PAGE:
A new Church for the Parish
After the Second World War, Bursledon in common with other parishes located near to towns or cities, had to find building space for many new houses which were required. Pilands Wood copse was chosen as a site for a new housing estate with building work commencing in the early 1950s.
At that time a large portion of the estate fell within the parish of Hound. The Vicar of Hound, the Rev’d A J Beech, with the approval of the then Vicar of Bursledon, the Rev’d F G Reeves, seized the opportunity to build on the new estate a new building to provide a spiritual home for the people living there.
Work on the building, a prefabricated building erected by Reema Construction Company began in May 1958. The total cost for the works was £6,000, of which approximately £1,000 was provided by residents and the Parochial Church Council (PCC). The balance was allocated from the War Damage Assessment for the old St. Paul’s Church, London Road, Southampton, which was totally destroyed in one of the bombing raids of the Second World War. This is reason why St.Paul’s Church in Bursledon retains this name of this patron saint.
On 9th November 1958, St. Paul’s was dedicated by the Bishop of Winchester, to serve Pilands Wood, Hound and Old Netley.
Two early gifts to the church were, the Bell Cross given by Mr G L Townsend-Rose in memory of his wife, and the font with a hand- beaten copper bowl presented by Dr Lucy Carden. The copper bowl was fashioned by a craftsman at the Southampton Technical College.
St. Paul’s serving Bursledon
When the original St. Paul’s was built, Monday afternoon Mothers & Toddlers groups were run by a Health Visitor with the assistance of paid helpers from Social Services. When the Health Visitor retired, Edwina Stubbs took over as the parish worker at St. Paul’s and extended the Mothers & Toddlers to three days a week.
The Rev’d Walsh also started a Pathfinders group and, when he moved on, this became a youth group and then eventually a youth club. However, the youth club was disbanded because of the increasingly difficult behavior of the young people at that time. St. Paul’s was also used by Social Services to help one-parent families in the locality.
Of course St. Paul’s was also used to serve the spiritual needs of people in the area, and the Mother’s Union was an ongoing group at the Church. There had always been a Sunday School at St. Paul’s, and this grew in numbers as children were brought up from the main services at St. Leonard’s. Latterly, as St. Leonard’s was always very overcrowded, some members of the parish attended Sunday morning services at St. Paul’s because they found its more peaceful environment an aid to worship.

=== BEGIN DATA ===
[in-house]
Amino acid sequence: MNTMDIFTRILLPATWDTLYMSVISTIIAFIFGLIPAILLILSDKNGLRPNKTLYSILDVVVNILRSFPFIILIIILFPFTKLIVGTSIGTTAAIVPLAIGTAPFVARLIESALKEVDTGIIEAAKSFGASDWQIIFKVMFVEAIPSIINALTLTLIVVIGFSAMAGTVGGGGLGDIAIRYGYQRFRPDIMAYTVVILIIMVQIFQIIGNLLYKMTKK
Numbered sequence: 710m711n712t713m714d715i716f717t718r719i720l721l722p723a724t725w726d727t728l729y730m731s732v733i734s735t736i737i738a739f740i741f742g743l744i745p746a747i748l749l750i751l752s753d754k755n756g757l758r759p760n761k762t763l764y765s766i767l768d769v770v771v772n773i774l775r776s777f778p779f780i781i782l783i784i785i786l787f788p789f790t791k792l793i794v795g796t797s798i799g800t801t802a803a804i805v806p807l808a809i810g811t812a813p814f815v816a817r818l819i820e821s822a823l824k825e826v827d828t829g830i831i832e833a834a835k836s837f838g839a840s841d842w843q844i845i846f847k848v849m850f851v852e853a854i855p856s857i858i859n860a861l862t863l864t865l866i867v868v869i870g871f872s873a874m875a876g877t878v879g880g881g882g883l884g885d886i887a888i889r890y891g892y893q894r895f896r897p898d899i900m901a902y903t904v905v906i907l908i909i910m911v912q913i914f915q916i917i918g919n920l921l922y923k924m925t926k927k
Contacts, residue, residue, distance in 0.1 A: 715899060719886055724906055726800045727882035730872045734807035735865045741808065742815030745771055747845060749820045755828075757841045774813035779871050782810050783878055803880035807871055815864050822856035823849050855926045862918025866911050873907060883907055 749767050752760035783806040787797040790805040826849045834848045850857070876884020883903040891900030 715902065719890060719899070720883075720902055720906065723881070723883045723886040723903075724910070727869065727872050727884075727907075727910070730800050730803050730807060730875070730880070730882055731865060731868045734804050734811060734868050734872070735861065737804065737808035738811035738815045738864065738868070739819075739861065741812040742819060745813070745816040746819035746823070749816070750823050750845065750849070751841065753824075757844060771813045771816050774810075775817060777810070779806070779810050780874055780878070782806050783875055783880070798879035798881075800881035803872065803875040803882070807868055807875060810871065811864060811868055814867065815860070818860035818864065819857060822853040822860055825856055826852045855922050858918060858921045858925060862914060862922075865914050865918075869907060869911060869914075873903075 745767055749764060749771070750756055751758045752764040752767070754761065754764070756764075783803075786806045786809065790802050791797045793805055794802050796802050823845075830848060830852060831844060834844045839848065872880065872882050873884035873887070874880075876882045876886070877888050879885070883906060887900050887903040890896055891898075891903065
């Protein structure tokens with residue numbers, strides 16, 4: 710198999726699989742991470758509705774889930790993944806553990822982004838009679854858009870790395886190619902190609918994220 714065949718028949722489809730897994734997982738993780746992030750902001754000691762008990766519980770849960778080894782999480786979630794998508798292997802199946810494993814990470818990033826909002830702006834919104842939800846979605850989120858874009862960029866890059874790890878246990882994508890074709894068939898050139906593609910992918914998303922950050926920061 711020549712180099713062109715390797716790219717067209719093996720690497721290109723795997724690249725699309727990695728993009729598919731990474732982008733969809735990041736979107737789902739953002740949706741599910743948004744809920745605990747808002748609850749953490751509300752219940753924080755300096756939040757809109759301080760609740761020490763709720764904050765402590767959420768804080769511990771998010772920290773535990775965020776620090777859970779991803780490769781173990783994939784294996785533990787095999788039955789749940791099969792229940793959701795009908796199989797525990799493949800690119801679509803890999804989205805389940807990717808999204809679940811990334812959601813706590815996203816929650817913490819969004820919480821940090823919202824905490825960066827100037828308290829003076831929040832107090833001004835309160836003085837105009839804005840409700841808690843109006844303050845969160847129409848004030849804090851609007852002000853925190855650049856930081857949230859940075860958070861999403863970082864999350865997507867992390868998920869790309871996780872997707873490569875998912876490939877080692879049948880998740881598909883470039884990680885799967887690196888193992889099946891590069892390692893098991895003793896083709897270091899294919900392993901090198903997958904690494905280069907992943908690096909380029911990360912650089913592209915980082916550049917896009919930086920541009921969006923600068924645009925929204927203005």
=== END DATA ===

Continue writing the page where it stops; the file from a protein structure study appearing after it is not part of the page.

The transportation issues and overcrowding led to a recognition that either St. Leonard’s must again be made larger or that a new larger church was needed at St. Paul’s. An engineering survey of the land around St. Leonard’s showed that it was far too unstable for further building and therefore the decision was taken to redevelop St. Paul’s.
Coincidentally, the redevelopment of Pilands Wood estate provided a wonderful opportunity as it made the larger site necessary available, complete with extensive car parking facilities adjacent to the community centre. Further advantages of the available space were that it allowed us to house all the activities under one roof and that the beauty of St. Leonard’s would not be endangered by a modem extension.
After a period of consultation with all the groups in the church, a design was given to a number of architects and the scheme designed by Michael Cardin of Radley House Partnership in Winchester was accepted. Fund raising was then started to raise the significant necessary funds to complete the construction.
St. Paul’s has always served the spiritual and social needs of the local Pilands area and, to a certain extent, the parish in general but the new church, opened in June 2000, with its greater purpose built facilities, can now provide much more for the whole parish.